11/10/2015

New NFC ring, better with twice the NFC

Last week seems to be the week of NFC (Moo launched it's Business Card+ NFC cards, see previous article) and John McLear has launched the second series of his NFC ring.

The original NFC ring was launched on Kickstarter and though the campaign was a success, rings took far longer to arrive than expected due to production difficulties. Now there's a second NFC ring (also launched on Kickstarter, the campaign is active), which is nicer and better than the first.

The new ring is made from ceramic and looks much smarter than the first series. It has TWO NFC inlays based on the NTAG216 NFC chip made by NCP semiconductors. This allows to the ring to be dual use and store both public and private information. Use one NFC chip to store something like a website address and use the other to store secret info which could be used to unlock a phone (and with the appropriate hardware even a house lock etc). The chips work in the 13.56MHz band and can store up to 888 bytes of information (and that info will be held for up to 10 years). The chips support 100,000 write cycles (unlikely people will change the info stored that often, but in a retail environment that could happen).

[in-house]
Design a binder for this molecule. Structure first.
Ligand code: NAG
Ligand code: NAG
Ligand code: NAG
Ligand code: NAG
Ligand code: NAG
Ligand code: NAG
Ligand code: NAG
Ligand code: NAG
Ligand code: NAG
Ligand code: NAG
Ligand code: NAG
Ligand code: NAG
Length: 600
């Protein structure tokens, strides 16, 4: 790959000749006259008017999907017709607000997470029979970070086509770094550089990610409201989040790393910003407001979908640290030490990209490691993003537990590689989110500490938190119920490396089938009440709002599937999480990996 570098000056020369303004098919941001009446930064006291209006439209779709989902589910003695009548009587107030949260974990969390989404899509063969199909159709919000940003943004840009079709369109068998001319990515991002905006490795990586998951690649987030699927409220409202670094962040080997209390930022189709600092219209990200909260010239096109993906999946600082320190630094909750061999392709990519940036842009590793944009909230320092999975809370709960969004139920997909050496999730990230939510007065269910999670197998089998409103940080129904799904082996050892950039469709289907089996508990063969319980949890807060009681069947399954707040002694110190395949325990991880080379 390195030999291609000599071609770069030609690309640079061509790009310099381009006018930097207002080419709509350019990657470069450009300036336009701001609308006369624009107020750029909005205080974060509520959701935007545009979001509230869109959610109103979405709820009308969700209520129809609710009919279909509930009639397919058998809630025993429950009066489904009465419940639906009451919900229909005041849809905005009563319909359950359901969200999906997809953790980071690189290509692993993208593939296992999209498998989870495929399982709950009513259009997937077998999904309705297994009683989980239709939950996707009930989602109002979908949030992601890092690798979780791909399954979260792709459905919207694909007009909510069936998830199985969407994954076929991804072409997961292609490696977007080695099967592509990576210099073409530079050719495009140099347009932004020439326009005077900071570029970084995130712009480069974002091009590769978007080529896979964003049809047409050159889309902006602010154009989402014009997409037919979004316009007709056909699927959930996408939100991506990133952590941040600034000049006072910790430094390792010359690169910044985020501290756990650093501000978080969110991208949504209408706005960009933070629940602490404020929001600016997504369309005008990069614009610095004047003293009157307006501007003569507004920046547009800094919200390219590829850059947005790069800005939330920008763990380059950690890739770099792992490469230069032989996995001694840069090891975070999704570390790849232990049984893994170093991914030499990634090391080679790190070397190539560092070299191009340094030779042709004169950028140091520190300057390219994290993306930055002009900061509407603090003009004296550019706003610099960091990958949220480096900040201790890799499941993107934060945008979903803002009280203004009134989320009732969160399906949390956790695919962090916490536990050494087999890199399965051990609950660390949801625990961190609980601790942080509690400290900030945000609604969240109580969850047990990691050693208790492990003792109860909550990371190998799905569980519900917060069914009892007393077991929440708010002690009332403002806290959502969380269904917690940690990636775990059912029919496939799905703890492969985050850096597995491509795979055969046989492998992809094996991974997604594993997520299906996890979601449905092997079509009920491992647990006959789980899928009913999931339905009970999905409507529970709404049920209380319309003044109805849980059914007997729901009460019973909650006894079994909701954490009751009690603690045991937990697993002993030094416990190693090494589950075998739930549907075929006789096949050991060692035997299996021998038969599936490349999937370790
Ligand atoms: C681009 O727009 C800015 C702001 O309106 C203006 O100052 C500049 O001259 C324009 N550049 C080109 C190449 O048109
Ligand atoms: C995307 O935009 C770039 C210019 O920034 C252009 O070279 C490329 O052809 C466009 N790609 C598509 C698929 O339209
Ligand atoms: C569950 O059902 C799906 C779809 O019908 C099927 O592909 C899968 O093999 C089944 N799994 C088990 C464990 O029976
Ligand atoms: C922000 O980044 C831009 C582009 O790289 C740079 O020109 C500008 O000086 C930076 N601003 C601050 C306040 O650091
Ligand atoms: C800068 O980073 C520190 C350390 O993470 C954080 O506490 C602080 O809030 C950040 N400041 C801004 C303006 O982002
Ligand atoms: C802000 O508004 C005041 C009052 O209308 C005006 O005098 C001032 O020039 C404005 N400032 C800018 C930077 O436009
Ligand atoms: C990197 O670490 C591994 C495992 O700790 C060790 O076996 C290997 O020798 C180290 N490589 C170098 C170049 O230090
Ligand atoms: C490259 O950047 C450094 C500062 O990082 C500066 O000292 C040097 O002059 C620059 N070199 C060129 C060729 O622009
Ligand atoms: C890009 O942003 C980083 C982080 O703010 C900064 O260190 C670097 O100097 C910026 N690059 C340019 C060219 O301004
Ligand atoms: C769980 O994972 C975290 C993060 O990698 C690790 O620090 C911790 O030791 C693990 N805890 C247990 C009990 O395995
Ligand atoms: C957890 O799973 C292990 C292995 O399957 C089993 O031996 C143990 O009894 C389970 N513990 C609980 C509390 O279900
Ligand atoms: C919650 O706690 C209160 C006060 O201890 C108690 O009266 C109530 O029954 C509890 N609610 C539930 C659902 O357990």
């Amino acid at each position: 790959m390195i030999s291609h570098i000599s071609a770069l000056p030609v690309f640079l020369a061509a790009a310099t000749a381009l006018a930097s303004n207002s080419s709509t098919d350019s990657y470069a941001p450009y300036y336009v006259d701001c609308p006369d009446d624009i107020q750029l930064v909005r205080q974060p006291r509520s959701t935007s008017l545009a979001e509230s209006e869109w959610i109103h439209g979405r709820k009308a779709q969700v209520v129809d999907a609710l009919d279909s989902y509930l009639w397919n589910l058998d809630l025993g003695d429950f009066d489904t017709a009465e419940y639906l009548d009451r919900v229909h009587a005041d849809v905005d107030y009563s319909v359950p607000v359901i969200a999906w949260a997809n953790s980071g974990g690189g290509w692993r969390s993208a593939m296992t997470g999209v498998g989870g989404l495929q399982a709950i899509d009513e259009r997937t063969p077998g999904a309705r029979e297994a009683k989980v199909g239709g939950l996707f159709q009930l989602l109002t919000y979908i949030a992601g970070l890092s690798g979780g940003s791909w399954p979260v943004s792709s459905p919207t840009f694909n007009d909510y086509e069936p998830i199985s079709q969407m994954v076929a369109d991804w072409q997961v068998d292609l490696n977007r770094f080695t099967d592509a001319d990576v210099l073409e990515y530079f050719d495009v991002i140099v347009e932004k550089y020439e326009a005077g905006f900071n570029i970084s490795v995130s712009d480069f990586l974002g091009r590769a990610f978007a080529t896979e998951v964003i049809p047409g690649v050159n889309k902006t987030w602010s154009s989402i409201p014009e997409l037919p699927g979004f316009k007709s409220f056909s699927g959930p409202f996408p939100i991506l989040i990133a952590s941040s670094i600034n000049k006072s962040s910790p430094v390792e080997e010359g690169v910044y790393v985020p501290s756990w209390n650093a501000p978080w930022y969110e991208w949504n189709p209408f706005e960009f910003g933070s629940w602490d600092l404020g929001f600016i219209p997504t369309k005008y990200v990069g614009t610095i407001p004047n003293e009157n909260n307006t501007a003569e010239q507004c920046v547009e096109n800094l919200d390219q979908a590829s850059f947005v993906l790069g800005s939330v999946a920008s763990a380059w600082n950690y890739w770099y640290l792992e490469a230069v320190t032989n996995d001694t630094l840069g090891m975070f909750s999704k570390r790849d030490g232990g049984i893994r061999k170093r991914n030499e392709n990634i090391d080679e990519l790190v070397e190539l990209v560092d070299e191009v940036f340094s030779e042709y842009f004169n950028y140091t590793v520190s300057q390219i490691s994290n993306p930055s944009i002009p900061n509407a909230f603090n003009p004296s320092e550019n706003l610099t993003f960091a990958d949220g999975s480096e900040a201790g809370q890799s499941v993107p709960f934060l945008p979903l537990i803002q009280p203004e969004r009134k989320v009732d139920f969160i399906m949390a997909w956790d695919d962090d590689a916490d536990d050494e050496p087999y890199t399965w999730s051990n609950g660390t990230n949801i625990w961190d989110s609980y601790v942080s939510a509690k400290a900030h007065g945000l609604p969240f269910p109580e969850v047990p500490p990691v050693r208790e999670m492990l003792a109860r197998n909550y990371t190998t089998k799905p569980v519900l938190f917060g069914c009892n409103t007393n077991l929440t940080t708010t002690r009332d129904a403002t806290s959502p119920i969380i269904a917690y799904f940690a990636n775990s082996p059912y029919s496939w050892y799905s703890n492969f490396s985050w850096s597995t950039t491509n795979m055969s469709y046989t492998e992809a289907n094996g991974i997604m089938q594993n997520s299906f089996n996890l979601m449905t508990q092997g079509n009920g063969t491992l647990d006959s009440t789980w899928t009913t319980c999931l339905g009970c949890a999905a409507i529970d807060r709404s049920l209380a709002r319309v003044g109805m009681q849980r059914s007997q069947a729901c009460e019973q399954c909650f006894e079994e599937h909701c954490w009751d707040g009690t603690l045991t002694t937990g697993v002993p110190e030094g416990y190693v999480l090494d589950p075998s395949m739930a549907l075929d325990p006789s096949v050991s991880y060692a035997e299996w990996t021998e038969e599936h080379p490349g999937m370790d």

The ring is laser engraved with the NFC logo on the inside making it easy to differentiate which is the public and private side of the ring.

The NFC supports 3 modes: -

  • open, which allows the user to write the data into chip (and also anybody else who might have an NFC writer in the vicinity)
  • closed, whereby once set, the data in the chip can never be changed again
  • code lock, this allows setting a code and data on the chip can only be set once the code has been verified by the chip

Currently code lock is not implemented in the Android app that accompanies the ring, but it will be in the future.

The early bird price for the NFC ring was £18 (all gone), but it's still possible to pledge £23 and get one (it's possible to order multiples too). It's also possible to get 2 NFC inlays for £5 and 4 for £10 so users can build their own ring designs (the inlays are 20mm by 6mm by 0.2mm).

Unfortunately NFC is only really usable on Android/Windows and Blackberry users (there's lots of programs available to program the chips including ones by NXP themselves). Since Android 5.0 the smart lock application is included in the base operating system so a phone can be unlocked with an NFC tag.

MacOS X/iOS users are once again out of luck as there's no real native support in the operating systems themselves, though 3rd party NFC add ons are available.

In future it may even be possible to pay for goods with the NFC ring utilising contactless payment technology (though it will require addition security so the crew card tokens/keys can be securely stored in the rings).

The Kickstarter campaign ends on the 21st Oct 2015.

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